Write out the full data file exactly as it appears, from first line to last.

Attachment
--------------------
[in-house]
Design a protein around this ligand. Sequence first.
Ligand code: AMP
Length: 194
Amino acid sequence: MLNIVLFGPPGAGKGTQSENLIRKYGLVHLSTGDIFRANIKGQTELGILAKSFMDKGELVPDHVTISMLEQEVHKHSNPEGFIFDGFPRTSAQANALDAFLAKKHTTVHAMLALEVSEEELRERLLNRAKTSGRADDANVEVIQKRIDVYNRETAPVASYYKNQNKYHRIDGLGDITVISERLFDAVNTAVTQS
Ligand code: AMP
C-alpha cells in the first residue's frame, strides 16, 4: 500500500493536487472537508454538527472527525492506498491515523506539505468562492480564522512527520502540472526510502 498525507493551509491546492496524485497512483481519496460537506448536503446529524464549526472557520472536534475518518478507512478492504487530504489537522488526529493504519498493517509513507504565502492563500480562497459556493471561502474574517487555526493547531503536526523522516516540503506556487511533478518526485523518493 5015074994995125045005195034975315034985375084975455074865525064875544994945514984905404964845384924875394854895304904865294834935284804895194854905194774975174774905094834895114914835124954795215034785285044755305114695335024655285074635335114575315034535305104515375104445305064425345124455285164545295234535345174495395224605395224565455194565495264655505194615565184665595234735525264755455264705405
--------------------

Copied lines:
[in-house]
Design a protein around this ligand. Sequence first.
Ligand code: AMP
Length: 194
Amino acid sequence: MLNIVLFGPPGAGKGTQSENLIRKYGLVHLSTGDIFRANIKGQTELGILAKSFMDKGELVPDHVTISMLEQEVHKHSNPEGFIFDGFPRTSAQANALDAFLAKKHTTVHAMLALEVSEEELRERLLNRAKTSGRADDANVEVIQKRIDVYNRETAPVASYYKNQNKYHRIDGLGDITVISERLFDAVNTAVTQS
Ligand code: AMP
C-alpha cells in the first residue's frame, strides 16, 4: 500500500493536487472537508454538527472527525492506498491515523506539505468562492480564522512527520502540472526510502 498525507493551509491546492496524485497512483481519496460537506448536503446529524464549526472557520472536534475518518478507512478492504487530504489537522488526529493504519498493517509513507504565502492563500480562497459556493471561502474574517487555526493547531503536526523522516516540503506556487511533478518526485523518493 5015074994995125045005195034975315034985375084975455074865525064875544994945514984905404964845384924875394854895304904865294834935284804895194854905194774975174774905094834895114914835124954795215034785285044755305114695335024655285074635335114575315034535305104515375104445305064425345124455285164545295234535345174495395224605395224565455194565495264655505194615565184665595234735525264755455264705405